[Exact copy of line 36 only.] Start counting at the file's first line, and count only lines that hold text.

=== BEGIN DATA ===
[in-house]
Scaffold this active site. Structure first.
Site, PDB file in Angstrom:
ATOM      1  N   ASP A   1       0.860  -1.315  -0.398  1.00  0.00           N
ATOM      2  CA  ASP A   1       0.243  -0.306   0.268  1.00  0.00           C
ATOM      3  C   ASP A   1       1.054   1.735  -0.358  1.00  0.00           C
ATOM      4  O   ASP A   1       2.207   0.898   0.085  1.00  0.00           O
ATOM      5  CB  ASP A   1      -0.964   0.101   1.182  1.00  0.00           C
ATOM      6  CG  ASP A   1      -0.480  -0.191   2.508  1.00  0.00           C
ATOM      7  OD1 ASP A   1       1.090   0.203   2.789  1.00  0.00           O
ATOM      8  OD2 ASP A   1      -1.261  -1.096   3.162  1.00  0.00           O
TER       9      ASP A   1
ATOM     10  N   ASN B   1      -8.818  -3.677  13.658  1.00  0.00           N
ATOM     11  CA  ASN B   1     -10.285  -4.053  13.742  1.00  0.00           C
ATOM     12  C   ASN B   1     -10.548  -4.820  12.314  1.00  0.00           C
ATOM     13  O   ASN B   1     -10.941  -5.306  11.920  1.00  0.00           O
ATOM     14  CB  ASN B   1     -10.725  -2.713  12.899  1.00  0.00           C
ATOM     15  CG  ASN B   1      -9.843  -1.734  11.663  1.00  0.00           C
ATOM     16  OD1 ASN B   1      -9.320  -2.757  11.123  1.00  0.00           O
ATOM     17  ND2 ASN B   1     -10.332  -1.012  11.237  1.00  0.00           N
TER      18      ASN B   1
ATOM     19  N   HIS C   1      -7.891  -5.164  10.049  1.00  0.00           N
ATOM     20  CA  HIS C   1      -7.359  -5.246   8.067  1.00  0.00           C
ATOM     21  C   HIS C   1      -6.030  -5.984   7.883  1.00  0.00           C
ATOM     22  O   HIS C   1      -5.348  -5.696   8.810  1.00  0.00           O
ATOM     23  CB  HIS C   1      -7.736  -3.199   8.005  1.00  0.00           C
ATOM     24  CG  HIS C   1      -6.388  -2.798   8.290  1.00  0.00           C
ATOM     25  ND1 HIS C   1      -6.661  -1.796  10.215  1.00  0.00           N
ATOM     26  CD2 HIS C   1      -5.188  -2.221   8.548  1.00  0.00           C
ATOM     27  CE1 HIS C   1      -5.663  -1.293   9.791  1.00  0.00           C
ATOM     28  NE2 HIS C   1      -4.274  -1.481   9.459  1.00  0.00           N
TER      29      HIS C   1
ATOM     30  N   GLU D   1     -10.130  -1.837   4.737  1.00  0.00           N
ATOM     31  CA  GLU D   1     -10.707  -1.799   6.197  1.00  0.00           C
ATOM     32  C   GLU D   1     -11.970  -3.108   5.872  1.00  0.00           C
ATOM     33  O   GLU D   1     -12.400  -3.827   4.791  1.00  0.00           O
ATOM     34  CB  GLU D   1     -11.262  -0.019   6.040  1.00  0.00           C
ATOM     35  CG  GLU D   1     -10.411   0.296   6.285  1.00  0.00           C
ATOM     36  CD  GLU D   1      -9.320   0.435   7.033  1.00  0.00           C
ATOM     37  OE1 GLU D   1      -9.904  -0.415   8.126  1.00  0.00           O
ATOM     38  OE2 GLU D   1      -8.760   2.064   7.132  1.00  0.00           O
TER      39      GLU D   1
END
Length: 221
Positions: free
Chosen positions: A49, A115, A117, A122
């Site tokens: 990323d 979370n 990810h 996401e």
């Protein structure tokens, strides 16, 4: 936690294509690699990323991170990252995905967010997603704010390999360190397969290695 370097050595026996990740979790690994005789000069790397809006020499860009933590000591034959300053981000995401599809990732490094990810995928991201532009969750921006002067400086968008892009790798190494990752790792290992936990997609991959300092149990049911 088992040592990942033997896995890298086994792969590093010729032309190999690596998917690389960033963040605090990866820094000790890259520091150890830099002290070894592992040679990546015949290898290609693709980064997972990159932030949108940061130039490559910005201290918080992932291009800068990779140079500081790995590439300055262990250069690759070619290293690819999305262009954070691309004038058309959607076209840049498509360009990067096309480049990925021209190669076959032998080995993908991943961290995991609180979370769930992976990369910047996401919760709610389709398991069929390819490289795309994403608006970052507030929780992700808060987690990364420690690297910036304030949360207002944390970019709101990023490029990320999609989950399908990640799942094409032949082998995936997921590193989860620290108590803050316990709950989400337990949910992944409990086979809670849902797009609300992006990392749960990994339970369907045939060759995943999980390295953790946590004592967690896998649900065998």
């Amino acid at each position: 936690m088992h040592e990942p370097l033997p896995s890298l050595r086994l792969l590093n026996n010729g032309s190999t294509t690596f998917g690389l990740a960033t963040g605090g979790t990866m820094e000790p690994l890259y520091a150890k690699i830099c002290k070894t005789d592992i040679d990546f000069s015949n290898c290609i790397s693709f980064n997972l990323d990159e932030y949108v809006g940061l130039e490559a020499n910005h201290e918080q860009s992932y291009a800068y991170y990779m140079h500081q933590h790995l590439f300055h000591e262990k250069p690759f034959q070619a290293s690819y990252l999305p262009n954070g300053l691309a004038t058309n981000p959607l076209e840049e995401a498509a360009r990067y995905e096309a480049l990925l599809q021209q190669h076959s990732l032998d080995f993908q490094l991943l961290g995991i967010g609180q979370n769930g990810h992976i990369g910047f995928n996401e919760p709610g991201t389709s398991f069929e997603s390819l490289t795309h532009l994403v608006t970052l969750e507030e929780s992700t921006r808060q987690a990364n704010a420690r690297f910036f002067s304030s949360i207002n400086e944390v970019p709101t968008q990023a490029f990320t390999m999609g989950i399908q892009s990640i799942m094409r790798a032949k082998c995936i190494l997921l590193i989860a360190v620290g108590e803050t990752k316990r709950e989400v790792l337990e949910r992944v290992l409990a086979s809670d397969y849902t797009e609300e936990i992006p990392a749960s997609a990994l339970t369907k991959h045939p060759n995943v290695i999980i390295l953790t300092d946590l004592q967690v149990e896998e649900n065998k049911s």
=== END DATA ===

ATOM     33  O   GLU D   1     -12.400  -3.827   4.791  1.00  0.00           O